LOS ANGELES — Koreatown has seen a lot of changes over the years, but long-time resident Kristina Wong doesn’t like everything she sees. Troubled by local issues impacting her community, Kristina decided to run for office.
“Are you excited?” asks a constituent by an outdoor ballot box.
“I’m so excited! We all came to vote! Oh my God!” exclaimed Kristina Wong.
A performance artist by trade, Kristina is now a Representative for the Wilshire-Center Koreatown Neighborhood Council where she constantly runs into constituents on the street. And every conversation starts the same.
“Right now in Koreatown, I think the homeless crisis is visibly exploding,” said Wong. “I am seeing new camps just as I walk around.”
And with COVID-19, the problems keep stacking up. Known for a series of one-woman shows centered on personal and social issues, her experience on the neighborhood council has inspired a new endeavor about what she believes to be the greatest issue of our time, getting out the vote.
“Well, you don’t register to vote, you ain’t no voter of mine!” sang Wong. An excerpt from her one-woman show, Kristina Wong For Public Office, it’s all about encouraging citizens to vote.
Cancelled earlier this year due to COVID-19, Kristina’s recently been able to tour her new show on Zoom to encourage voters to not just vote, but vote early.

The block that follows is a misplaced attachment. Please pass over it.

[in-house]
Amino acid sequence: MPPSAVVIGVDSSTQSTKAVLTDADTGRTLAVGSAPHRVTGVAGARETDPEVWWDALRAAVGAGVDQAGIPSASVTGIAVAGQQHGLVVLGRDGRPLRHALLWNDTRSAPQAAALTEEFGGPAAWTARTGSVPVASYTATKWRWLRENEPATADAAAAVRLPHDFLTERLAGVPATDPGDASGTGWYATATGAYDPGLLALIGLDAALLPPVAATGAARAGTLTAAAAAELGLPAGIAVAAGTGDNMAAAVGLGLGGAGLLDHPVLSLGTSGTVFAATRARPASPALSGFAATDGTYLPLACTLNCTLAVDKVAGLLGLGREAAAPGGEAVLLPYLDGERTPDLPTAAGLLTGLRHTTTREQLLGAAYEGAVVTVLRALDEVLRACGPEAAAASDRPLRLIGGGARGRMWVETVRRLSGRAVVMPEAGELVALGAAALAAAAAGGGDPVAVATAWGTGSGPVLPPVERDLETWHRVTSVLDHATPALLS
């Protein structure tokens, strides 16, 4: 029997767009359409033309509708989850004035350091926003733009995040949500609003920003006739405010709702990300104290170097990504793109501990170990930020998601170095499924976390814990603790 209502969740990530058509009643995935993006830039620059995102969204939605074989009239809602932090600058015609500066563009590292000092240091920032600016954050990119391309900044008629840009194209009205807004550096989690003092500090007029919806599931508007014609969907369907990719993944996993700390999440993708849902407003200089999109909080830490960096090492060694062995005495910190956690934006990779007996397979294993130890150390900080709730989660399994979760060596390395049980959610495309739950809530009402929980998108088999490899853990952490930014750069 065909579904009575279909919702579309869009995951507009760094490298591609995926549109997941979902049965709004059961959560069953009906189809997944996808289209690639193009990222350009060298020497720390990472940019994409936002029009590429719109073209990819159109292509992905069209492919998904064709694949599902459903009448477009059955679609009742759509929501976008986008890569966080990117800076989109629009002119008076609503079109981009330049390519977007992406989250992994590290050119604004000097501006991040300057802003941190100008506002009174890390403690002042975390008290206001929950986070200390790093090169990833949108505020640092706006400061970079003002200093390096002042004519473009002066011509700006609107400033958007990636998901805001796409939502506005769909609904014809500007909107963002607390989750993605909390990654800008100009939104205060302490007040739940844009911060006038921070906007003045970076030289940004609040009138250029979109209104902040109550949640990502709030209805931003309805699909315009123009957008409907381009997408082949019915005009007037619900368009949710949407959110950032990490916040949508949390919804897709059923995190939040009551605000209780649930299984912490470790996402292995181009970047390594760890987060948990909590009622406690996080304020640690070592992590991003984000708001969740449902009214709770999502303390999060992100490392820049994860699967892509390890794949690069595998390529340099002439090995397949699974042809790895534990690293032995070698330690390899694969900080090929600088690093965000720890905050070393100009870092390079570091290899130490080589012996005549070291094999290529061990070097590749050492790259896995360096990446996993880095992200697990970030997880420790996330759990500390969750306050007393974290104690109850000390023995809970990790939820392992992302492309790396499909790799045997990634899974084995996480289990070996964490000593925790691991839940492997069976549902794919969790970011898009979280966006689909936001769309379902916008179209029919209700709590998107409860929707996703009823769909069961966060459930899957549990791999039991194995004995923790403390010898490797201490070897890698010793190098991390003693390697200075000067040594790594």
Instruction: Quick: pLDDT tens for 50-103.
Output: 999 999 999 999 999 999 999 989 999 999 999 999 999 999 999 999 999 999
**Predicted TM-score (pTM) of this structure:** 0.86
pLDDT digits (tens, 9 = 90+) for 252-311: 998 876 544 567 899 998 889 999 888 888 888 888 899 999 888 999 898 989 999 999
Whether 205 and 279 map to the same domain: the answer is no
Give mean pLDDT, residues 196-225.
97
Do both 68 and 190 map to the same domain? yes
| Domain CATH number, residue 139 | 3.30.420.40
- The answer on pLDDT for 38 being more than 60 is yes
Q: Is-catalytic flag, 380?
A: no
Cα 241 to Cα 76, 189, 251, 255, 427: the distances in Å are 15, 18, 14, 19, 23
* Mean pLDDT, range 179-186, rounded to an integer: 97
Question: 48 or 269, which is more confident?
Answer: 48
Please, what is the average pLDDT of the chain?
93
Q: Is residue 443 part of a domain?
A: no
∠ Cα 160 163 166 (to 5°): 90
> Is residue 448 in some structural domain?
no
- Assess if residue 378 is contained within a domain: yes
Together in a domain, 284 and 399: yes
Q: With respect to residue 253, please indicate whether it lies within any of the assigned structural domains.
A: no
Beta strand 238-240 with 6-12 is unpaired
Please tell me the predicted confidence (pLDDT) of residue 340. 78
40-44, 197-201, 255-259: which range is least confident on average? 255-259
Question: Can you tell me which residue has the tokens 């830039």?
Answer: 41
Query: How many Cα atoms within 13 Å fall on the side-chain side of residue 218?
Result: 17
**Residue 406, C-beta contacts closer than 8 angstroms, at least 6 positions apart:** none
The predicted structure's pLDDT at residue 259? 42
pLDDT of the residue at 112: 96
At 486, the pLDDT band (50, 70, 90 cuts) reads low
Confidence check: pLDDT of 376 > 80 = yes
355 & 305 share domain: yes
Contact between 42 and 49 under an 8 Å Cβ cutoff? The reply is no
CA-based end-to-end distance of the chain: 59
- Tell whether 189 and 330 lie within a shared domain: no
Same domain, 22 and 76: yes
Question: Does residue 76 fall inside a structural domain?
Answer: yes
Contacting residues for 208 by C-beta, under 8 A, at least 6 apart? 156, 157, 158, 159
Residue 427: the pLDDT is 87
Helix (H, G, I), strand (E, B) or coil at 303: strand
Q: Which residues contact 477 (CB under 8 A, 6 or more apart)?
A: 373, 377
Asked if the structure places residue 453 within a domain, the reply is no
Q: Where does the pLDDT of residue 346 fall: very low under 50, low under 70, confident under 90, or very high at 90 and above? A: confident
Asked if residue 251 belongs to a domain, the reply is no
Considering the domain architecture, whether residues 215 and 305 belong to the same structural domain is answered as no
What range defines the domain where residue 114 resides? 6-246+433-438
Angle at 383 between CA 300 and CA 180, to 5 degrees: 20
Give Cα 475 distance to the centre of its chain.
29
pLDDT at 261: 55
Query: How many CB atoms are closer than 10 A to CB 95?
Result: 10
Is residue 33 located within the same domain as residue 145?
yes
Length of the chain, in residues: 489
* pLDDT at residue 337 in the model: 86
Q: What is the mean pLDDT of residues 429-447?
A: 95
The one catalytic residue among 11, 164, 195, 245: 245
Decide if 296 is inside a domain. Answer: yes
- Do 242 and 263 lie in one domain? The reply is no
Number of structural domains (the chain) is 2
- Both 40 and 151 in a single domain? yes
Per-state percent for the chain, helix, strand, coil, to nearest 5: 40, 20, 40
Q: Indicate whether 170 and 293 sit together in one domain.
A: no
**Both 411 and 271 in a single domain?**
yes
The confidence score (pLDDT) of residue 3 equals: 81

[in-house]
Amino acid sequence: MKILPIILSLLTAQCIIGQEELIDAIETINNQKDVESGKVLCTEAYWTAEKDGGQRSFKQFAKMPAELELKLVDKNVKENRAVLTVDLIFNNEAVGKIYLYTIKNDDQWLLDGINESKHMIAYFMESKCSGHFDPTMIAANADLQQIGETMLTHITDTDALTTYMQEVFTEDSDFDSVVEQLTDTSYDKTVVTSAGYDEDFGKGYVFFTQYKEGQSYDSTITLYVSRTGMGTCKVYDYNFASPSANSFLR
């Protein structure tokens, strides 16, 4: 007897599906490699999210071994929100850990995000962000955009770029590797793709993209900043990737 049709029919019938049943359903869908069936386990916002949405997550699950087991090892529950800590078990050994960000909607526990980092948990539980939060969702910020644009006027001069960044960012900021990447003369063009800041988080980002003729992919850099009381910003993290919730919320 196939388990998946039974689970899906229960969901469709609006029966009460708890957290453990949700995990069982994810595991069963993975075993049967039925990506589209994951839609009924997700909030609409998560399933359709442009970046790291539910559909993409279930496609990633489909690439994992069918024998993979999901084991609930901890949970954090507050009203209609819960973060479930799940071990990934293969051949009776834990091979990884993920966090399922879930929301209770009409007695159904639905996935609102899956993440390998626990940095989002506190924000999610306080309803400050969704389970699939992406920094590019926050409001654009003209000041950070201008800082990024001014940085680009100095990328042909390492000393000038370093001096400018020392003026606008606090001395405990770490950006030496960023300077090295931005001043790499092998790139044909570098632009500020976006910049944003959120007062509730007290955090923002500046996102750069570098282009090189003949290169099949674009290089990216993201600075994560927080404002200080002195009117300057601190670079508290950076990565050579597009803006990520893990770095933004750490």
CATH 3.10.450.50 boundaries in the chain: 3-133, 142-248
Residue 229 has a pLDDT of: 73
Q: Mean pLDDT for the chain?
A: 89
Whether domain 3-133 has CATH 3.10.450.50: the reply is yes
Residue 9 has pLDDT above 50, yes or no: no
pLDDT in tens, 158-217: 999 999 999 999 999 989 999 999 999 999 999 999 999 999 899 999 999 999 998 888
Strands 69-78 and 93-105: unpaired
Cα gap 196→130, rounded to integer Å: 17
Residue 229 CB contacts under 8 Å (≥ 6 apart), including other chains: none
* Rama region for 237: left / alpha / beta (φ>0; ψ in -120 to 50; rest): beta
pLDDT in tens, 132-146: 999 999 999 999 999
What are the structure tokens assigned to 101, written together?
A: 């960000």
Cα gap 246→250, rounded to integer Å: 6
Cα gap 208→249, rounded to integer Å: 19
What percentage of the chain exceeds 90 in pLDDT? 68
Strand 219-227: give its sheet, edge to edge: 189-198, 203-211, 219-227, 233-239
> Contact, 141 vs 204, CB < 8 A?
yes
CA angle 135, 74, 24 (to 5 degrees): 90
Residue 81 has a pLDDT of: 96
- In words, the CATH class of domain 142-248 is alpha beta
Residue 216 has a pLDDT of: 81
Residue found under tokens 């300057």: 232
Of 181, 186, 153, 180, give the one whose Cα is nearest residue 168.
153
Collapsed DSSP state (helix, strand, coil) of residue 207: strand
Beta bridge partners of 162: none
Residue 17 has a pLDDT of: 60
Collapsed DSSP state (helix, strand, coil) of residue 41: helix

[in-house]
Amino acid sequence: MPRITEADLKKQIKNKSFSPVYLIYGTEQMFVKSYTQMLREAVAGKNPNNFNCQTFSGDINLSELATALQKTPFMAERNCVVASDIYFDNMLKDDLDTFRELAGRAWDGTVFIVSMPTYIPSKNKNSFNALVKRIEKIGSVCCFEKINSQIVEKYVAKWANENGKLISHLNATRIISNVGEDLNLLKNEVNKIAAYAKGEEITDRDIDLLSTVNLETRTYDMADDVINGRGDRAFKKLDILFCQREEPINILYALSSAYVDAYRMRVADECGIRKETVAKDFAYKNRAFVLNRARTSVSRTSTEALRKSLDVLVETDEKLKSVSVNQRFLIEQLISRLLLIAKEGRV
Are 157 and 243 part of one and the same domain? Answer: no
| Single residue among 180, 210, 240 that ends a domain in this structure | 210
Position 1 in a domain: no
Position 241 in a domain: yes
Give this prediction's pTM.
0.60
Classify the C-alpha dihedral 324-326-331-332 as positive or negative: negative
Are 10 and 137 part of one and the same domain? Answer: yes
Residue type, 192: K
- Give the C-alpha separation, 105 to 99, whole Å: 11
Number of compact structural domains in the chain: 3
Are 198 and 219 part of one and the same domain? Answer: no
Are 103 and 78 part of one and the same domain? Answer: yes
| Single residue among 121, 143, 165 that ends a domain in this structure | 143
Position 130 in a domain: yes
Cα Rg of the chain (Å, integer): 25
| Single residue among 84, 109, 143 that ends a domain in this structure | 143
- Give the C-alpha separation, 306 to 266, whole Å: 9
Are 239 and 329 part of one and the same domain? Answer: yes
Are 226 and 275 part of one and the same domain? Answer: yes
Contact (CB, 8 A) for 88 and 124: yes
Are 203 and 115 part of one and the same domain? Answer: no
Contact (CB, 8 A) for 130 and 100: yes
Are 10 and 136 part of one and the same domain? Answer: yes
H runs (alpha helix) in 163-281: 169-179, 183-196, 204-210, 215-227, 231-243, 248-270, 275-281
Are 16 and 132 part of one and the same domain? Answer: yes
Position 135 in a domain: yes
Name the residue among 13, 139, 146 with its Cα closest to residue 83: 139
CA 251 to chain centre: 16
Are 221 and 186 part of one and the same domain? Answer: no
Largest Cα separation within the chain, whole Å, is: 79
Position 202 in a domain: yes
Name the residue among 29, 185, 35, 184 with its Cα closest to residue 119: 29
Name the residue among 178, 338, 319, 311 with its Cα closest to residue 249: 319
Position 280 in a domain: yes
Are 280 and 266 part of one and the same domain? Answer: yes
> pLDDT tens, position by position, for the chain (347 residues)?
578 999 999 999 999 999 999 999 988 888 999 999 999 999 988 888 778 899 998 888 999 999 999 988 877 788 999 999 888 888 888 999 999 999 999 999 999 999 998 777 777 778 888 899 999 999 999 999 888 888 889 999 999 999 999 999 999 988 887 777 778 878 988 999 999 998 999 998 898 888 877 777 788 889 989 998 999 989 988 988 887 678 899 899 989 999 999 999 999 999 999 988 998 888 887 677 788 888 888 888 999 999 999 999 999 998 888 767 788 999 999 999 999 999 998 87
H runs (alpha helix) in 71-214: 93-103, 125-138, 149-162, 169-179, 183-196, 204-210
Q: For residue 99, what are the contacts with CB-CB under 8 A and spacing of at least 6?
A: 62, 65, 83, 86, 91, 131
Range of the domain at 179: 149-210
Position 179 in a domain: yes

“So this white cape is influenced by Elvis,” said Wong as she explained her wardrobe. “The white pantsuit is the color of the suffrage movement, which is 100-years-old this year and that’s why it’s so important that we vote.”
Creative and resourceful, Kristina is known to sew her own props and sets for her shows and it’s a skill that’s helped her help others. When first responders couldn’t find masks, Kristina founded the Auntie Sewing Squad, a nationwide effort to provide masks for vulnerable communities. It’s a job that many feel should’ve been handled by the government.
“So I’m seeing as an artist how I can get to problems a lot faster than the government can because I’m resourceful,” said Wong. “I know how to work with no money. I know how to work around systems. I just get the job done.”
But no job is complete if you don’t fill out your ballot. Since her show premiered, Kristina’s been participating on virtual panels to discuss specific issues related to L.A. and her role as an artist during an election.
“So it’s not just about voting for a President,” said Wong. “There are so many propositions on this ballot that affect school funding, hiring practices. It’s really important to do your research.”
To Kristina, being an artist does not come at odds with being a representative for her neighborhood council. Both come with social responsibilities.
“So this is it. This is exercising your right. You got to go vote. Do this. Watch!” cheered Wong as she dropped her ballot in the outdoor ballot box at her local library.
Vote early and drop it in a ballot box.
Catch “Kristina Wong For Public Office” starting Friday, Oct 30th at 8pm on Center Theatre Group’s Digital Series, Live from the KDK.
Catch Kristina Wong For Public Office Friday, Oct 30th at 8 p.m. here.